Creating and maintaining a business plan is vital to your setting’s financial wellbeing, says Sian Nisbett…
So many businesses fail to produce a business plan – and by this I mean a real, relevant document as opposed to something that was produced in the year dot when the company began and has never been touched since! In these tough economic times, a current business plan could mean the difference between success and failure.
A well-written, realistic business plan helps you focus your attention to where your business needs it. It will show peaks and troughs in income (in early years childcare this may be a dip in income in August as children leave early before going off to school) and help you project how this may affect your business operation. Knowledge is power! Understanding how these fluctuations in income will affect your bottom line helps you focus on reducing costs in the lead up to that period.
Your plan should have a cash-flow forecast as well as a profit and loss forecast. Everyone in business should have a sound understanding that profit does not always mean a healthy cash-flow. Using sensible, realistic figures in your cash-flow forecasting can help identify shortfalls in cash before it becomes an issue. This knowledge will enable you to address that shortfall by approaching funding sources. Which leads me to…
Funding sources. No funding source, investor or bank manager will look at your request for finance or funding seriously if you cannot prove that your business is sound and sustainable. A solid business plan will include projections showing that you can afford to meet loan repayments, and is a fundamental part of finance applications.
Finally, it needn’t be as detailed as a full marketing plan, but a business plan can also help to identify ways that you are going to market to your target audience. Look at what your competition offer and then look at what it is that you do differently. Why would parents come to you? A business plan is a great way to enable you to really reflect on the question “Why would parents choose my nursery over my competitors?”” If you don’t know the answer, you have a problem!
It looks scary to begin with, but most banks offer free advice on how to start writing your business plan. Even if you have been in business for years, it’s still worth collating the information into a document. Remember that once a business plan is written, it’s a working document and can be changed regularly to reflect your current business position.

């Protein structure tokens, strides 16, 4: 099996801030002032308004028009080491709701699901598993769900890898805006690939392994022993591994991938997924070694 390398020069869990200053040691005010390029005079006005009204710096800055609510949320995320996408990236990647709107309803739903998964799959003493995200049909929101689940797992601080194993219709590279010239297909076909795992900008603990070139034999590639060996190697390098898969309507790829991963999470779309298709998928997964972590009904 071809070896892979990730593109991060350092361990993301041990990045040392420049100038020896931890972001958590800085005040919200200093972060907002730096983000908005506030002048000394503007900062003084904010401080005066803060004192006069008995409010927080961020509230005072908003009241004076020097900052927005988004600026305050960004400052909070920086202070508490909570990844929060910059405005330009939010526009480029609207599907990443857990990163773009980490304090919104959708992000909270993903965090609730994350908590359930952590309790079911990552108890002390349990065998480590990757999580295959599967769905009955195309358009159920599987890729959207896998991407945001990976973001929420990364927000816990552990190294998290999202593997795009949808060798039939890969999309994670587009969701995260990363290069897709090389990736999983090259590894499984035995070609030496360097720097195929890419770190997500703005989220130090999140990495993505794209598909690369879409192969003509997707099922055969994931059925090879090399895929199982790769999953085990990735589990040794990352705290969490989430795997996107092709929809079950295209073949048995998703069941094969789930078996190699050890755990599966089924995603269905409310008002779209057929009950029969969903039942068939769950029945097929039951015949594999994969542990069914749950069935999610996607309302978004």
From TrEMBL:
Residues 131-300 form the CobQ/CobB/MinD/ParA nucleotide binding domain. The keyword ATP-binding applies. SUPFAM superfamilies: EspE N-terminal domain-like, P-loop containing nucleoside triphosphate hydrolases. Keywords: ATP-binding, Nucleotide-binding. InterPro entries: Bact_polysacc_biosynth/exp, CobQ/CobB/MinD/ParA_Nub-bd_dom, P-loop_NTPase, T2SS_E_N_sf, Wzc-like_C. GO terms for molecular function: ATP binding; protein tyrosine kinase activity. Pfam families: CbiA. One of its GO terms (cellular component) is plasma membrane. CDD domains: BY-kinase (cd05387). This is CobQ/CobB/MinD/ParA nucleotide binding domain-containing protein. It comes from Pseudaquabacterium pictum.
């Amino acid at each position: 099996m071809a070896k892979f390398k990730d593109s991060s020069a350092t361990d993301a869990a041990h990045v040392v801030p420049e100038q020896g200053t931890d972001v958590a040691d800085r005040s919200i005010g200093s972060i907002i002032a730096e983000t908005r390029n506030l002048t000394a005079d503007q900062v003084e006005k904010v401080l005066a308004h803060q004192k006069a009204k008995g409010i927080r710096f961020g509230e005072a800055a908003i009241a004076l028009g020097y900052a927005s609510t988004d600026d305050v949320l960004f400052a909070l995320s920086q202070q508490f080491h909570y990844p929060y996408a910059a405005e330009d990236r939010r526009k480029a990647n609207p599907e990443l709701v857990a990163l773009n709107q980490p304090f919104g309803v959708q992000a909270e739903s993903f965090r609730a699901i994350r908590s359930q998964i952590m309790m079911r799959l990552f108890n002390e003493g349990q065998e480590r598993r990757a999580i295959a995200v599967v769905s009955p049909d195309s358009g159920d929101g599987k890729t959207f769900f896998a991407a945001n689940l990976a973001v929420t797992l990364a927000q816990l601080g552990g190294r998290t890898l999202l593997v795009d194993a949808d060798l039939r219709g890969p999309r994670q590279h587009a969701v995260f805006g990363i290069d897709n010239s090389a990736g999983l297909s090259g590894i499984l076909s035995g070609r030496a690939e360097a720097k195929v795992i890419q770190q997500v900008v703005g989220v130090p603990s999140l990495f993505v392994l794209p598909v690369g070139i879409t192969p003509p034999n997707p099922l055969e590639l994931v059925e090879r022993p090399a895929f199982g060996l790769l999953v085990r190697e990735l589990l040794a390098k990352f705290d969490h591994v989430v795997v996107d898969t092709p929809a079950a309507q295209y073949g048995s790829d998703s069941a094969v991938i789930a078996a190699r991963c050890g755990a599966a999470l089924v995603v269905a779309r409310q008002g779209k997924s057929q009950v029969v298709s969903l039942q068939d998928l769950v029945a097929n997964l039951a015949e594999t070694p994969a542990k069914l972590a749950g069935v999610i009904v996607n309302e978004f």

If applying for finance, remember to include the following:
● A CV to show your experience in your industry (and that you know what you’re talking about!).
● A brief history of the business.
● A plan of where the business is headed in the next year.
● Financial information.
● Marketing aims and objectives.
Sian Nisbett is the founder and owner of Dizzy Ducks Day Nurseries.
John Walker, national chairman, Federation of Small Businesses, highlights the importance of being prepared for financial pitfalls…
Many businesses will have faced a financial crisis at some point during their life. That’s why good cash-flow management is important. For most of your businesses, your customers will pay you in advance and this can be a good way of managing cash-flow – but you need to ensure in your planning that you’re focusing on profit, not just turnover. You need to account for what’s coming in, not just on a weekly and monthly basis but plan for the rest of the year, and ensure that you know when everything needs to go out – your rent, bills, and invoices – so that you don’t get hit with a bill at a time when you haven’t the cash to cover it.
Preparing and using a cash-flow forecast will help you avoid, or spot early, any financial problems on the horizon. It will also allow you to anticipate occasions when you might have an issue, for example, during the summer when there may be less demand for your setting.
We know that more and more firms are going to the bank to resolve cash-flow issues. These rarely resolve themselves, so you need to take swift and positive action and talk to your bank if you’re worried. They’ll appreciate that you’re on top of the situation and doing your homework, and may be more receptive if you have a plan of action and know when you may be able to repay an overdraft or loan. In all, the more planning you can do the better.
The FSB is the voice of small business in the UK.